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    Current inflation rates represent the price of comfort and convenience – complex supply chains created by the “Middleman”

    June 2022

    Adam Smith, the father of modern capitalism ,famously thought that fair markets required a shared moral framework between buyer and seller. That’s no surprise, considering that his ideas came out of the 18th – century marketplace, in which producers and consumers were likely to be neighbors. Advances in technology, transport and communications have taken us a long way since then, creating in my opinion too complex global supply chains over the last four decades under the umbrella of globalization. These initially have reduced consumer prices but introduced risks of their own, from market – distorting monopoly power to labor exploitation and environmental degradation.

    One of the costs of these supply chains – which exist in both physical products and also global capital – has been the rise of powerful corporate middlemen. These include companies such as Cargill, which transports more than 200 million tons of food and other cargo a year, and any number of large financial institutions that package complex securities, Big Tech platforms like Amazon, giant retailers like Walmart or even the real estate brokers that intermediate between home buyers and sellers. All these middlemen in my opinion grease the wheels of capitalism, but also distort it in ways that are undermining our economy and society. Middlemen make it possible for us to buy goods made on the other side of the world, build for example a diversified investment portfolio, order groceries from the comfort of our couch without the necessity of leaving the house. But what most of us do not realize is that this connective power is undermining accountability by creating so much separation between buyers and sellers that it is impossible to tally the real cost of convenience and low prices.

    There are in my opinion plenty of examples to support this case, from textiles made with child labor, to E.coli outbreaks in complex food supply chains, to the disproportionate rents taken by middlemen in financial services or platform technology.

    In the latter, information asymmetries make it difficult for market participants to have a shared understanding of what’s being bought and sold – one thing that Smith believed was a pre-requisite for well-functioning markets.

    Hyper – globalization and extreme concentrations of corporate power are in my opinion certainly factors behind market failures from the subprime crisis of 2008 to the supply – chain shortages of recent years. The growth of the middlemen economy itself is the problem, created by the consumer out of comfort and convenience because it disintermediates responsibility, and even morality, within our market system.

    Consider, for example, how the landscape of public company stock ownership has changed in recent decades. In the US in 1950, only 6.1% of such stock was held by institutions – the rest was owned outright by individuals who analyst companies and who voted themselves on matters such as who should sit on a board.

    Today, institutional middlemen like pension funds, mutual funds, hedge funds and soon, own 70% of those shares. Most use two other large middlemen, the proxy advisers ISS and Glass Lewis, to tick the boxes on corporate voting matters despite efforts by the Security and Exchange Commission (SEC) to crack down on such “robovoting”. All this makes real corporate social account-ability extreme difficult. And there are many other such examples.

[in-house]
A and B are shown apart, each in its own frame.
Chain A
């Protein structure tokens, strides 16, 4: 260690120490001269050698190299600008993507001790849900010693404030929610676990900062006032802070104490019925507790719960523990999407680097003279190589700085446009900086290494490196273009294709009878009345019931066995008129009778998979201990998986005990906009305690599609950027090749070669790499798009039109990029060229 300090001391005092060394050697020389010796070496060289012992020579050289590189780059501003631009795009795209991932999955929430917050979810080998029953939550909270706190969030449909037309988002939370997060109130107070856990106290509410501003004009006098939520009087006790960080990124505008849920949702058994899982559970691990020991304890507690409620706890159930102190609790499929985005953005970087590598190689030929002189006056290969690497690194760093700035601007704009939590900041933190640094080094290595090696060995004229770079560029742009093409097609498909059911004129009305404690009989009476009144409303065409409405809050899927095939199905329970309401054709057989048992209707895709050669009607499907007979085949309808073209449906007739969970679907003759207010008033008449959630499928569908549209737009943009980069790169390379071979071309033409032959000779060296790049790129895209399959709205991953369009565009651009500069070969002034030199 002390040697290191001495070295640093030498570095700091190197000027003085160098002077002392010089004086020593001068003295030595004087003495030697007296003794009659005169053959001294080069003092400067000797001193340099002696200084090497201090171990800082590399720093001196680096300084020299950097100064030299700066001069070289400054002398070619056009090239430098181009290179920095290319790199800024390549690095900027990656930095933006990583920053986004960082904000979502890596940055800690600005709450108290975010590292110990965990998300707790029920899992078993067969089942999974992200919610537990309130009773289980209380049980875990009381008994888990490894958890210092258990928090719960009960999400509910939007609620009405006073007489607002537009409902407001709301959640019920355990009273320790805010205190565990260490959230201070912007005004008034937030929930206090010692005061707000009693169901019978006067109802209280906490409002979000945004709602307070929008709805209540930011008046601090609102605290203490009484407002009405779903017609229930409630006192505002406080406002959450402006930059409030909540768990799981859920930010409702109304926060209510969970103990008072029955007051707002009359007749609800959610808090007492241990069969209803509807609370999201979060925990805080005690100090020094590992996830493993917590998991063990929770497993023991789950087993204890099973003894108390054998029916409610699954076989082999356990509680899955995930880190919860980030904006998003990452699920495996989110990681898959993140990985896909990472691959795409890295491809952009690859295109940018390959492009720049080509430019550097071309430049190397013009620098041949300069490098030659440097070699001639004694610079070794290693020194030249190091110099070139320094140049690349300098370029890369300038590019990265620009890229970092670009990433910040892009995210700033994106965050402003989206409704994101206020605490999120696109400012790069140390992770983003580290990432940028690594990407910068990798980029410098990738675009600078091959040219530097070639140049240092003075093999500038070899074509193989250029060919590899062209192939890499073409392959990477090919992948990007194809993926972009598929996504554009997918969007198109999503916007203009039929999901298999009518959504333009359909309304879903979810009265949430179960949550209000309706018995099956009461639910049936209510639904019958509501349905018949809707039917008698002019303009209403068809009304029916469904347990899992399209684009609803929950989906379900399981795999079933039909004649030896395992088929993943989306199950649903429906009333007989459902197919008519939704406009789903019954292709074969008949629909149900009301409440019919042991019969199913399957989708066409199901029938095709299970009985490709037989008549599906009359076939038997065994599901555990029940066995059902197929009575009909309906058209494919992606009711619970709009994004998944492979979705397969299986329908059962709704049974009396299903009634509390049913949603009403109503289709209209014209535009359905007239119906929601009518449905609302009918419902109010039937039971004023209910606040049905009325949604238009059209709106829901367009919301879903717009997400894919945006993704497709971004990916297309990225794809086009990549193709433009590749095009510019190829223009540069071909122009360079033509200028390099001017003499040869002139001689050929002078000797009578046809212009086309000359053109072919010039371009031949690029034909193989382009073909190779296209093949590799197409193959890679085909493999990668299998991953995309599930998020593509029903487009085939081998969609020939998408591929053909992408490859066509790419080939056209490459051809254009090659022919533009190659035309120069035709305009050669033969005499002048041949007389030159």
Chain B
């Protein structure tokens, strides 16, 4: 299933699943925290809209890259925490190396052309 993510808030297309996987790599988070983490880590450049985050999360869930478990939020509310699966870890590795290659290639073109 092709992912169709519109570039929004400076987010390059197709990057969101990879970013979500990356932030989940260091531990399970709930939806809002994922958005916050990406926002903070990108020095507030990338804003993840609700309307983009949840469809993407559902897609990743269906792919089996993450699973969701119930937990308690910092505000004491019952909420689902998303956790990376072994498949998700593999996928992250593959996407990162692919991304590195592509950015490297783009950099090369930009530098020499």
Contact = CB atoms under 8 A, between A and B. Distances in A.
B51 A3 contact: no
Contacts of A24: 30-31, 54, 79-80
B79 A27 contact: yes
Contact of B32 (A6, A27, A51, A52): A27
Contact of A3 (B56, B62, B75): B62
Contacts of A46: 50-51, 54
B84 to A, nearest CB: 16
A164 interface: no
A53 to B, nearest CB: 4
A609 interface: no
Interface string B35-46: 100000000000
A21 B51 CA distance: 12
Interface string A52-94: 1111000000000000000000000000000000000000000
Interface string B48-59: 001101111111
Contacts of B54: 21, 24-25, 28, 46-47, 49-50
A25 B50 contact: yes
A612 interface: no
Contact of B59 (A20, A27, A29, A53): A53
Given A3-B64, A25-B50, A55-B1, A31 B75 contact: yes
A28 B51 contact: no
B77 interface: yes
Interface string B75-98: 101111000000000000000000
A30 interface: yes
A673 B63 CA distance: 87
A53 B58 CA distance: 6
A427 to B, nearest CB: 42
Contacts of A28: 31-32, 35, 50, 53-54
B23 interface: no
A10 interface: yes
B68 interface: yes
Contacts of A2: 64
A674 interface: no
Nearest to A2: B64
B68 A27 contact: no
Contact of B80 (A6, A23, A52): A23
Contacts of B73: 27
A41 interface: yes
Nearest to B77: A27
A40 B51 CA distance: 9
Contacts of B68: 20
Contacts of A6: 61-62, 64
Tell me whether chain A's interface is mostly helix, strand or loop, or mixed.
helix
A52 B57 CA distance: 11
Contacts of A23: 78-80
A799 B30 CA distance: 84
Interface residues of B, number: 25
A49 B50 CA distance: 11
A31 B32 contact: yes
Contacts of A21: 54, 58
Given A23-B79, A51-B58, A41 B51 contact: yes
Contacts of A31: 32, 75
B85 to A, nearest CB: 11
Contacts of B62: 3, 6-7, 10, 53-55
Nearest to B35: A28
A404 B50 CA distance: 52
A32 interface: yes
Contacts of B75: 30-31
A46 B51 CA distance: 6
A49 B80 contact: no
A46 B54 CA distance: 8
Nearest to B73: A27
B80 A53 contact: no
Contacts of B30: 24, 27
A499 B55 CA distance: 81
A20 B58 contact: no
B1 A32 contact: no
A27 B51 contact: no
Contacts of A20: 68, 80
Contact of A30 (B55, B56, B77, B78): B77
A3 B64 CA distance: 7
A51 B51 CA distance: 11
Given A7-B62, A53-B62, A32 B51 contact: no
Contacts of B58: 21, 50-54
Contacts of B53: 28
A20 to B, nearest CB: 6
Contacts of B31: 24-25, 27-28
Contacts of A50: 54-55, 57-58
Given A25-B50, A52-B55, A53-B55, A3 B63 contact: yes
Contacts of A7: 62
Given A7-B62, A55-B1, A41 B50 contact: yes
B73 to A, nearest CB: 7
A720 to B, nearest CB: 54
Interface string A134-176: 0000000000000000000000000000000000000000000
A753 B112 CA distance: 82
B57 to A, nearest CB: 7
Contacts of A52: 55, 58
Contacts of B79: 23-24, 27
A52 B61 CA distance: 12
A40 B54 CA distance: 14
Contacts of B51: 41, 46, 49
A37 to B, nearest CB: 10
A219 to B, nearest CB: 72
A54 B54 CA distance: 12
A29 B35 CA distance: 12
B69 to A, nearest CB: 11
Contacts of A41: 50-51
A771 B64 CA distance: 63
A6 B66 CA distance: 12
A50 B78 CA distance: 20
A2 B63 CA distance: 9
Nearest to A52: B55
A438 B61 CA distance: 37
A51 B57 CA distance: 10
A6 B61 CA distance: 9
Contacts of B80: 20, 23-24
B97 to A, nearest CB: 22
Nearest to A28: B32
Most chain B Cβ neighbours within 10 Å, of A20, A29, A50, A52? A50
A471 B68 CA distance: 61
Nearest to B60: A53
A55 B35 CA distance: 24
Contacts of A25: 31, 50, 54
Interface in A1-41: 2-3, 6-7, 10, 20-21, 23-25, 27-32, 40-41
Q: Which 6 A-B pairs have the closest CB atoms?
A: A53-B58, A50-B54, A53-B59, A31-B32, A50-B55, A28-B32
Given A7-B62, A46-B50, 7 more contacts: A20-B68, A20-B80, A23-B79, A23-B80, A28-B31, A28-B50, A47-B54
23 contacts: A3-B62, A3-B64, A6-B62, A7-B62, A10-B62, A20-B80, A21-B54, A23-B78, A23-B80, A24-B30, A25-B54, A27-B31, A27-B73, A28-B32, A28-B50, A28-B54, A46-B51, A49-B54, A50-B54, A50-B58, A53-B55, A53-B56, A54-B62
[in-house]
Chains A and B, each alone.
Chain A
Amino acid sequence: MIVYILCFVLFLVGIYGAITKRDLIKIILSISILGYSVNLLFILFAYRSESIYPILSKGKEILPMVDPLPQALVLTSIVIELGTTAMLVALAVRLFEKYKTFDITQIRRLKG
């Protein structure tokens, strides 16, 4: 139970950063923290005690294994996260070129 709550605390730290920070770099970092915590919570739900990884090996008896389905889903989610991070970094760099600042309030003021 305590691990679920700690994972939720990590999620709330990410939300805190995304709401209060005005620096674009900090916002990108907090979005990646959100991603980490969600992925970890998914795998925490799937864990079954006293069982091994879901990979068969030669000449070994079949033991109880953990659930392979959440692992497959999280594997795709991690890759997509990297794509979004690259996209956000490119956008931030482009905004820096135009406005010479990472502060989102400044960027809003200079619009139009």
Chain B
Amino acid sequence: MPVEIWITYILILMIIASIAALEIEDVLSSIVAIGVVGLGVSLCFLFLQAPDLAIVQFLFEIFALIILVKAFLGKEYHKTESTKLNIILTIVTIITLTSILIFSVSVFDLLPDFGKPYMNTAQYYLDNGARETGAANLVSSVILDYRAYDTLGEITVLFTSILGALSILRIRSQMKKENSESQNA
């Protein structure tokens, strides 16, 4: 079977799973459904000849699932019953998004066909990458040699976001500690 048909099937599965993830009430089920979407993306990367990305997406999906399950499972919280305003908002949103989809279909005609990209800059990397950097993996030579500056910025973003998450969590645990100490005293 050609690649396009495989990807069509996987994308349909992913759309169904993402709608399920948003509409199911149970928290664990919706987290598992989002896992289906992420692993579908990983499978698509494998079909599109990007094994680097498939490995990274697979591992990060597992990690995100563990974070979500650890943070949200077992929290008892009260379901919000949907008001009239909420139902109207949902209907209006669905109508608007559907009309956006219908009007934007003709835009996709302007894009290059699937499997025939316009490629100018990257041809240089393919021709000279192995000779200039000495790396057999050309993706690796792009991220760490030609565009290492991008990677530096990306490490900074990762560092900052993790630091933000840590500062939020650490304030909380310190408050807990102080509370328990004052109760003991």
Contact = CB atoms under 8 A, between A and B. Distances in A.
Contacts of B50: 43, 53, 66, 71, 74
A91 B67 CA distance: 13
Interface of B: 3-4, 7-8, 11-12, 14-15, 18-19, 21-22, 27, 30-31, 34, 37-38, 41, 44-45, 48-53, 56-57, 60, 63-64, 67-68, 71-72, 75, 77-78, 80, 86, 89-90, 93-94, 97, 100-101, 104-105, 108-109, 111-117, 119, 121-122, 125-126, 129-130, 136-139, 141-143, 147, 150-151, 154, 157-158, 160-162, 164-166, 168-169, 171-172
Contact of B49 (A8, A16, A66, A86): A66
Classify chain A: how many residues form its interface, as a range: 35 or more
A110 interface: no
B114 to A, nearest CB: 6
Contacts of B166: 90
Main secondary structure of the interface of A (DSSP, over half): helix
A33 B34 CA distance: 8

Having said this, is it any wonder that after decades of a market system controlled by middlemen focused on comfort and convenience for the consumer, lower costs, higher risk adjusted returns and “efficiency”, that we have more financial volatility, a growing number of supply – chain disruptions and a warming planet?

    The two big questions are how to create system change and who will bear the cost of it. There are in my opinion no silver – bullet answers for either, even though technology offers new possibilities to connect buyers and sellers directly. The rise of peer – to – peer lending, direct – to – consumer retailers and 3D printing which allow for shorter supply chains are all examples of this, though none currently provides anywhere near the scale to replace current systems of finance or manufacturing.

    A better and clearer tallying of the input costs of our current market system might help. Just as the now infamous 18th -century block print of a slave holding ship showing humans packed toot to head in horrible conditions shifted haw average individuals saw their sugar bowl, so the increasing amount of research revealing the correlations between things like cheap food and obesity, or fast fashion and landfill dumping, or complex securitization and predatory lending, could help create demand for a fairer and more sustainable market system today.

    The challenges of inflation – which again will push some consumers and policymakers back towards low prices as the sole metric of wellbeing – and inertia will in my opinion be powerful headwinds against system change. Yet it’s important to remember that it is already happening in some areas, albeit slowly. In for example financial regulation, which are only just beginning to process, some15 years on from the 2008 financial crisis, how wilting layers of complexity out of lending systems has finally led to more stable banks and less indebted consumers.

    Just as the subprime crisis led us to examine the costs of middlemen in finance, so today’s supply chain disruptions may force us to calculate the true cost of low prices in other goods and services.

    Finally, the time has come that comfort and convenience has its own price – sooner or later we have to pay the bill of endless consume and globalization myth.